It’s hard to keep up with what research is trendy right now in education. Every year there is a hot buzz word, and every year there is a new philosophy that gets carved in stone, right over the old one, so that modern education becomes an illegible cave drawing.

One year we are told we need to make information more accessible, by creating crutches for the students. The next year, we are told we have taken it too far, and the students have forgotten about independence – we have to take the crutches away. Some years we think kids learnt o read by reading books on their own level, and other years that’s simply not rigorous enough, and we must focus on teaching them to cope with ‘complex texts’. The research changes, the methods, the philosophy, and certainly the vocabulary. They morph over the summer, so that you have to learn new words to describe the same old stuff each year, until it all loses meaning.

The truth, however, is that no matter what words we use to describe out jobs, no matter what research we cling to in a moment – it will change by the end of the year. What won’t change, however, is the reality that it is miserable to teach a class where kids aren’t learning. There is no worse feeling than grading a pile of tests in which everyone has failed. There is no way to feel more pathetic than to not be able to control a bunch of thirteen year olds. There is nothing that tears you apart than a year spent futilely forcing knowledge onto resistant bodies, without ever figuring out how to open them up to it.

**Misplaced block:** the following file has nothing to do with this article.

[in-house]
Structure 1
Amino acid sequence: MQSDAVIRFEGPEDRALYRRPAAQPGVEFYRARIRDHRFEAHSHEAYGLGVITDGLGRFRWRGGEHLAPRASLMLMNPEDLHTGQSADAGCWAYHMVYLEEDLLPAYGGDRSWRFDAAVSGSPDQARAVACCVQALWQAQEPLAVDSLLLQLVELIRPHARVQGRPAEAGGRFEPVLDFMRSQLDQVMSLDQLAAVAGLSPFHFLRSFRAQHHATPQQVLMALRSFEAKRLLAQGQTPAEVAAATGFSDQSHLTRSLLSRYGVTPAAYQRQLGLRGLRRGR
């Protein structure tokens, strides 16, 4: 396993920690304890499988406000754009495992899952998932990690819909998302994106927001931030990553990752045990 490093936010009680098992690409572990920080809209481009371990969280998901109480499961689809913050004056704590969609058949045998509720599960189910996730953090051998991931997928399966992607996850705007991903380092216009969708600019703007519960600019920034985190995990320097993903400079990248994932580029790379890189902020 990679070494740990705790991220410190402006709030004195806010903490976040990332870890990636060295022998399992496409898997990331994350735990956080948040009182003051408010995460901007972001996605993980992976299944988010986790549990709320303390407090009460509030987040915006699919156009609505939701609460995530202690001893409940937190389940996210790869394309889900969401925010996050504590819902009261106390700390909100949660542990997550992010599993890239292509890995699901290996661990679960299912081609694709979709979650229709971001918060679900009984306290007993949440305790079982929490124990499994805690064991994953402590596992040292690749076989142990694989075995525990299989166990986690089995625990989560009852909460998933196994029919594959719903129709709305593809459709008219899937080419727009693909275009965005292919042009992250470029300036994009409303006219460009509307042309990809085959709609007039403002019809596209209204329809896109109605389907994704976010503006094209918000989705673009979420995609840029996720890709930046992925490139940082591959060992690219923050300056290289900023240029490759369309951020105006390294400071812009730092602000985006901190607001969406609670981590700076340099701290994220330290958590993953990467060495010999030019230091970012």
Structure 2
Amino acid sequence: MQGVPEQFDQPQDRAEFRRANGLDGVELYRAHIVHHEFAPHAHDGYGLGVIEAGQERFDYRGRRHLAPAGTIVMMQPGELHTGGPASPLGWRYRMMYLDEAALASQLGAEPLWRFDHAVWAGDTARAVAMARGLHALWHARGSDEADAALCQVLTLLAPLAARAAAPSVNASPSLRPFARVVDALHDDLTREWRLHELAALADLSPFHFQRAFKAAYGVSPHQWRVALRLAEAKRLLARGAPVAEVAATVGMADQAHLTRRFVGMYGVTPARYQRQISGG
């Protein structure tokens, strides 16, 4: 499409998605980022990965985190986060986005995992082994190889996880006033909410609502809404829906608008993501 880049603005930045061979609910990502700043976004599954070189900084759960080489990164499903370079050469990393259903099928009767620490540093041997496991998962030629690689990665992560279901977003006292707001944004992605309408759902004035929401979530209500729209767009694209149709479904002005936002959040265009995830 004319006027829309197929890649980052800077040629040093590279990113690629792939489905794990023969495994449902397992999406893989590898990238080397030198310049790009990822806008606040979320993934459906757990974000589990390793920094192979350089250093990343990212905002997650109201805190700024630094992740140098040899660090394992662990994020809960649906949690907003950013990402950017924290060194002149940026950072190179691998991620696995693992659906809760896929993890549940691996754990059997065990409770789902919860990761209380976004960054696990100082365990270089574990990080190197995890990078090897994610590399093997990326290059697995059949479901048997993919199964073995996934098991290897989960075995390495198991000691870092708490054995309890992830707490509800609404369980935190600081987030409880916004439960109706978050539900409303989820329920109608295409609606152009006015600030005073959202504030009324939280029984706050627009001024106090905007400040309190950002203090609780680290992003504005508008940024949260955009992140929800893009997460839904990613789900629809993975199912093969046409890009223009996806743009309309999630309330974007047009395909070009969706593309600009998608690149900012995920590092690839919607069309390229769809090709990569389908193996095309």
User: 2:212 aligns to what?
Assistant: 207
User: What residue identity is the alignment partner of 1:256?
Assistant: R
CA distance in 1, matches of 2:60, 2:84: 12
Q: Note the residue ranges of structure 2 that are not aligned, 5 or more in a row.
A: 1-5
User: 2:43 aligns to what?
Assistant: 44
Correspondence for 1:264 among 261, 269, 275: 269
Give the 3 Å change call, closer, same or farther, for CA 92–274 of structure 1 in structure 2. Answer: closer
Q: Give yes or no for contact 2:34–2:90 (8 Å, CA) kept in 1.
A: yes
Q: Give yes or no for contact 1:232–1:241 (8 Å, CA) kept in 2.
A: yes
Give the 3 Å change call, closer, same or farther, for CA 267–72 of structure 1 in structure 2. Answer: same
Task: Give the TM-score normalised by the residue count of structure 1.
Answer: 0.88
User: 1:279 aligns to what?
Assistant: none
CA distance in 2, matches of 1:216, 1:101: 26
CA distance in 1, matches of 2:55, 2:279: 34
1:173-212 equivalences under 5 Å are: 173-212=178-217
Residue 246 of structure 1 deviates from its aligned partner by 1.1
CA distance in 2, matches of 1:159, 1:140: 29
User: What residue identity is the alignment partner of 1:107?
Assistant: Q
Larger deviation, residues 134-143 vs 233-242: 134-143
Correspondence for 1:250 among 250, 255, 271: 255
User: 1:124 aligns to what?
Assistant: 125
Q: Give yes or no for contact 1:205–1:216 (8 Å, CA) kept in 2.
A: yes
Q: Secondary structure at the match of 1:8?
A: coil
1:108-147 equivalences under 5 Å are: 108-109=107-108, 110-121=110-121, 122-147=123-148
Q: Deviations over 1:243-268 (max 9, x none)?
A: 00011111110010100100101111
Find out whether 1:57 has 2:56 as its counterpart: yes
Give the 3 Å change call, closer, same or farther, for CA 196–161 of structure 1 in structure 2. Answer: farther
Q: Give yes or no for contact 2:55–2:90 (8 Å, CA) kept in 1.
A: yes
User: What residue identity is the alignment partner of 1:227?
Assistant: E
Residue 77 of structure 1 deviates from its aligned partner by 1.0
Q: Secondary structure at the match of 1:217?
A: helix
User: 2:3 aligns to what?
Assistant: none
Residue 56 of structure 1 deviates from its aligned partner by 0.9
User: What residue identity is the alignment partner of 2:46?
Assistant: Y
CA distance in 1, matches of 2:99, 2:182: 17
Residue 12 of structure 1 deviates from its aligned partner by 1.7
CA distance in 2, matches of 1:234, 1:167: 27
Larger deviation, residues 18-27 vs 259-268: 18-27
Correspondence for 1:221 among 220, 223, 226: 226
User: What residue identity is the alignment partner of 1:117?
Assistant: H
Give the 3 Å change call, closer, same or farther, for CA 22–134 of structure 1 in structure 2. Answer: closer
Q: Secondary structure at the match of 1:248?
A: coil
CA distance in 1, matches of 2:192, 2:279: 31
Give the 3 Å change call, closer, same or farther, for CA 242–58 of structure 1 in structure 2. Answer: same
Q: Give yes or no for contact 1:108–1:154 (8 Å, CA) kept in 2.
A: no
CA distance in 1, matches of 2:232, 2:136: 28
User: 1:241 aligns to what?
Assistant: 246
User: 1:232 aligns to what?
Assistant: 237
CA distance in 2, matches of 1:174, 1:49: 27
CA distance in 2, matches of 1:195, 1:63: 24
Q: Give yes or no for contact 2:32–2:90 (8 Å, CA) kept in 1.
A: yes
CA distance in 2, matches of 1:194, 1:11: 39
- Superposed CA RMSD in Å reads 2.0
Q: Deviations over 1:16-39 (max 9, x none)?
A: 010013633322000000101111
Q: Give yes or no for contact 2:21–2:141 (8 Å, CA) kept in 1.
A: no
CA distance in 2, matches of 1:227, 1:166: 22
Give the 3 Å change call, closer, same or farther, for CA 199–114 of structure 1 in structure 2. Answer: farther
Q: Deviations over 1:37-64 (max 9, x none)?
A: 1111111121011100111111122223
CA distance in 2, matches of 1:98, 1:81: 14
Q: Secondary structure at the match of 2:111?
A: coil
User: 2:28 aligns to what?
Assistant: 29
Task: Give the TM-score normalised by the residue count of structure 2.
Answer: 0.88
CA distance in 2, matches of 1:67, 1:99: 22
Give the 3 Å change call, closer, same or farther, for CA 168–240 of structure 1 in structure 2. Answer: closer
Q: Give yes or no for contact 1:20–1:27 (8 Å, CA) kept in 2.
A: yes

We learn to teach because it makes our lives better to be good at our jobs. When I first entered the work force, I lamented that after college – you don’t get grades and feedback very regularly, so you don’t always know how you are doing.
Well, I suppose I ended up in the right field, because in teaching you always know how you are doing – every second of every day. If you are unpopular, you are told. If you are boring, it is screamed at you, both verbally, and through the actions of your unrestricted students. I even know if I am gaining weight, or looking tired, because my students don’t censor themselves – they don’t feel that they owe me anything. They don’t lie to make me feel better.

The new teacher evaluations, and the data reports – those do a lot to our esteem, but they don’t change the truth – they don’t even really reflect it most of the time. They can make the humiliation that we may feel in front of a room of kids, something bigger, that we have to feel in front of our peers and families. But they can’t let us know how we are doing any more than the audience we speak to each day. They, in the end, are the expert judges that we plead our case in front of daily.